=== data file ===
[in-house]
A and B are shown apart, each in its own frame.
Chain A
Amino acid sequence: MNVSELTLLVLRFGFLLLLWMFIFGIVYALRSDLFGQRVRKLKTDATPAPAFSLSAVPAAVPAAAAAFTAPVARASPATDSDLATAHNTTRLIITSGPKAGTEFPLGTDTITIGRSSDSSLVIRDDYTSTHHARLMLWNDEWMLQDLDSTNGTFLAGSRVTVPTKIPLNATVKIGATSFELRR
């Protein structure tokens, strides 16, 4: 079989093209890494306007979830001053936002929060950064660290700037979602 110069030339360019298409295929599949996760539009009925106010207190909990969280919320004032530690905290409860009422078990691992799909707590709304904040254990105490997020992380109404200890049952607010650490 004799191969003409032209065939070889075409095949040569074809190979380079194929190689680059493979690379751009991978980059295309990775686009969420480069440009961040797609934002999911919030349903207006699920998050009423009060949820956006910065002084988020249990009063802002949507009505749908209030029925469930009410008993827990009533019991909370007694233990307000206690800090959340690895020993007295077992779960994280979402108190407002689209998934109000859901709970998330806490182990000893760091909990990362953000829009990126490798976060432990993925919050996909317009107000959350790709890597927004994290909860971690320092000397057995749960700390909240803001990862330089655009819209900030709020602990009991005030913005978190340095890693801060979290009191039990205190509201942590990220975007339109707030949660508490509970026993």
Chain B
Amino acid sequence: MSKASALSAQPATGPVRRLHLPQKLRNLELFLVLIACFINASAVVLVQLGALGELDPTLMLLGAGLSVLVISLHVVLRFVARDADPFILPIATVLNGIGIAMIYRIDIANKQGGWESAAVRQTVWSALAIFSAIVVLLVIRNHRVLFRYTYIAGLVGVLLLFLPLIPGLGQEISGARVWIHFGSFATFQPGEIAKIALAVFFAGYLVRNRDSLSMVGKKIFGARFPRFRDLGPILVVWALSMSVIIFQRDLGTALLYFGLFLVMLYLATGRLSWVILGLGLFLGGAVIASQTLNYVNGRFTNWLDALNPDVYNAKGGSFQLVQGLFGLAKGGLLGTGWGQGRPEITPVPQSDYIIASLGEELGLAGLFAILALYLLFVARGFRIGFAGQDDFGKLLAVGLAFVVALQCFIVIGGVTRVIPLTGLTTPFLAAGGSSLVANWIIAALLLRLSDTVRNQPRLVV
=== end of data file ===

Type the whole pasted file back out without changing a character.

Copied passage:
[in-house]
A and B are shown apart, each in its own frame.
Chain A
Amino acid sequence: MNVSELTLLVLRFGFLLLLWMFIFGIVYALRSDLFGQRVRKLKTDATPAPAFSLSAVPAAVPAAAAAFTAPVARASPATDSDLATAHNTTRLIITSGPKAGTEFPLGTDTITIGRSSDSSLVIRDDYTSTHHARLMLWNDEWMLQDLDSTNGTFLAGSRVTVPTKIPLNATVKIGATSFELRR
């Protein structure tokens, strides 16, 4: 079989093209890494306007979830001053936002929060950064660290700037979602 110069030339360019298409295929599949996760539009009925106010207190909990969280919320004032530690905290409860009422078990691992799909707590709304904040254990105490997020992380109404200890049952607010650490 004799191969003409032209065939070889075409095949040569074809190979380079194929190689680059493979690379751009991978980059295309990775686009969420480069440009961040797609934002999911919030349903207006699920998050009423009060949820956006910065002084988020249990009063802002949507009505749908209030029925469930009410008993827990009533019991909370007694233990307000206690800090959340690895020993007295077992779960994280979402108190407002689209998934109000859901709970998330806490182990000893760091909990990362953000829009990126490798976060432990993925919050996909317009107000959350790709890597927004994290909860971690320092000397057995749960700390909240803001990862330089655009819209900030709020602990009991005030913005978190340095890693801060979290009191039990205190509201942590990220975007339109707030949660508490509970026993």
Chain B
Amino acid sequence: MSKASALSAQPATGPVRRLHLPQKLRNLELFLVLIACFINASAVVLVQLGALGELDPTLMLLGAGLSVLVISLHVVLRFVARDADPFILPIATVLNGIGIAMIYRIDIANKQGGWESAAVRQTVWSALAIFSAIVVLLVIRNHRVLFRYTYIAGLVGVLLLFLPLIPGLGQEISGARVWIHFGSFATFQPGEIAKIALAVFFAGYLVRNRDSLSMVGKKIFGARFPRFRDLGPILVVWALSMSVIIFQRDLGTALLYFGLFLVMLYLATGRLSWVILGLGLFLGGAVIASQTLNYVNGRFTNWLDALNPDVYNAKGGSFQLVQGLFGLAKGGLLGTGWGQGRPEITPVPQSDYIIASLGEELGLAGLFAILALYLLFVARGFRIGFAGQDDFGKLLAVGLAFVVALQCFIVIGGVTRVIPLTGLTTPFLAAGGSSLVANWIIAALLLRLSDTVRNQPRLVV